25 ROAD=”rode”=”rowed” – I suppose it is indeed better to ride a horse when travelling by ROAD rather than by boat (is there anything else going on?). Quite a good clue given the double homophone.

11 Responses to “Guardian 24269/Araucaria – count me out”

  1. Shirley says:

    The song is “Green Grow the Rushes O”
    Hope that helps!

  2. Shirley says:

    2D Striding Edge is a a famous walk from the top of Helvellyn down into the valley in the Lake District.
    8D “There’s always one” is a despairing cry of teachers everywhere for children who won’t follow instructions or does exactly the opposite of what is asked as in “There’s always one who ….
    Also the song is not a Christmas song – it’s an Old English song from the 16th Century according to Wiki with several possible older versions.

  3. John Hooper says:

    Can anyone help me with what should be a simple clue, which I cannot for the life of me make sense of.

    “The catch when fishing tackle’s deployed around December, perhaps” (3,3)

    Needs to fit into R _ D / _ O _

    Possible brain damage from alcohol but all I can think of is RED HOT which does not make sense.

    All help gratefully received.

    The clue is from last Sundays ST crossword.

    John Hooper

  4. beermagnet says:

    23A “Sign about its first” gives LE(S)O where LEO is the Sign and S is the first of Sign.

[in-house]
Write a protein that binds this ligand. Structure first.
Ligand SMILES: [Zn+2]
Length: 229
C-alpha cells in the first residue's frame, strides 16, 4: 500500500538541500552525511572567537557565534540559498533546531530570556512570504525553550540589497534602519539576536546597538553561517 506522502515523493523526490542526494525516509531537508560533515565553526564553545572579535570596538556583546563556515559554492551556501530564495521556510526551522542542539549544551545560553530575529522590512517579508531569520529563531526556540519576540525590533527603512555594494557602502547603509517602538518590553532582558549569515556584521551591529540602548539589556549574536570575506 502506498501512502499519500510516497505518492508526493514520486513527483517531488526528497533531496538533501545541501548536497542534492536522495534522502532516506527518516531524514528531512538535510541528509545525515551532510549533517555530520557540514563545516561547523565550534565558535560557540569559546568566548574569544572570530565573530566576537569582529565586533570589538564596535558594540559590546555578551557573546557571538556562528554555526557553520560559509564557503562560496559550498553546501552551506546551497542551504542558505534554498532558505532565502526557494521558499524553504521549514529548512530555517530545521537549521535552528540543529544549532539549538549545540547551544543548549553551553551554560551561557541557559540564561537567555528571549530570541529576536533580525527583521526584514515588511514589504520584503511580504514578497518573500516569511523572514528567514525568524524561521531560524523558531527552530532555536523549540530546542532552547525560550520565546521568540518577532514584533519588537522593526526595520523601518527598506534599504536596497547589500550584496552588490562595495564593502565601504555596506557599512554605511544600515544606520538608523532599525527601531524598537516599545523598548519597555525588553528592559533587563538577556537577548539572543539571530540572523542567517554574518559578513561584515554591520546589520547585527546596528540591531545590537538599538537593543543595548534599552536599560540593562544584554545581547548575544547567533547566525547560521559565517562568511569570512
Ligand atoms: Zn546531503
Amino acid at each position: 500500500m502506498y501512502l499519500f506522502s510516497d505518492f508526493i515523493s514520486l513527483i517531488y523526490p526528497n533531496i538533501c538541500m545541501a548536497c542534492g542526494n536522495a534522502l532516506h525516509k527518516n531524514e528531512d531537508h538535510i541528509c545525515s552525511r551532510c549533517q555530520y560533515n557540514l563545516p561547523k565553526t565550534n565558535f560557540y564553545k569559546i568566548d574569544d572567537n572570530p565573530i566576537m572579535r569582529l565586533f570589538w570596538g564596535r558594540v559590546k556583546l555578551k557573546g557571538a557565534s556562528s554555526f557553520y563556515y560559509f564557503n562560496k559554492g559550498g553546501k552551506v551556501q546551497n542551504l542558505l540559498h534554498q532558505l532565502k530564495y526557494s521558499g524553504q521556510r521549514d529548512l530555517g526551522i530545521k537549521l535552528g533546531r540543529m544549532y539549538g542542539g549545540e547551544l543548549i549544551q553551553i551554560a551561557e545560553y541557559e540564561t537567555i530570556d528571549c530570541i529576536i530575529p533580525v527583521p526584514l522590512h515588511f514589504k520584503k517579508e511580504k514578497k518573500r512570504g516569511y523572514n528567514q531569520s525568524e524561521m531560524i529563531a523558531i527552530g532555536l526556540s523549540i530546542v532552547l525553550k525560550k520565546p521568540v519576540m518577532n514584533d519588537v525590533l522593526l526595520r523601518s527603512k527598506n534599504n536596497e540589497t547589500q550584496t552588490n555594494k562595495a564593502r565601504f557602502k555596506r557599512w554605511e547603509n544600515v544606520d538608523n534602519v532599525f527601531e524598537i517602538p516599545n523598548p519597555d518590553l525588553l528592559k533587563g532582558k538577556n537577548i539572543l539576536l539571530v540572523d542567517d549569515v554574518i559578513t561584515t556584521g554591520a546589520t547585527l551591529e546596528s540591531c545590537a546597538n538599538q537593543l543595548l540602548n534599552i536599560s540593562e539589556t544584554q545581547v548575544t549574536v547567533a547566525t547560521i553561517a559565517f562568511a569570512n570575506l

I got stuck because I put GROWER instead of Growth, relying on the preamble phrase more than the actual clue for 21D. {Also
    RODE for Road so was completely at a loss for 27A.]

    John, That R_D _O_ looks more like RED COD ROD around (DEC)* if there is such an animal.

  5. Testy says:

    This must be a favourite song of the Reverend’s. I seem to remember a clue from a couple of months ago which referred to April rainers and it had most people stumped that time too so I suspect it’s one of those songs that is only “well-known” providing you know it well.

  6. John Hooper says:

    Thanks for that Beermagnet.

    Obviously your brain was not damaged by festive alcohol consumption (despite the alias !!)

    There does appear to be a RED COD so I guess it must be that.

    I put RODE as well which also stumped me on TASMANIAN.

  7. Comfy Settee says:

    I was once told that Green Grow the Rushes-O was a song much loved by the American soldiers that fought the Mexicans way back when, and it led to the term for white people being ‘gringos’ – never seen any corroborating evidence for this, mind you, but its a lovely tbeory….

  8. Ygor says:

    In 5D, I don’t think “en” in French translates well to “some” in English. My interpretation is that “some French” simply works out to the letters “enc” found in the middle of the word “French”.

  9. David says:

    Agreed, ygor. I worked for a while on de, du, des… etc and got nowhere.

  10. ilancaron says:

    Yeah I think that I have to agree wrt 5D… I guess C for “some” is a bit much even for A.


  11. AlanR says:

    25 across: sounds like ‘rowed’ (by boat) as well as ‘rode’ (by horse).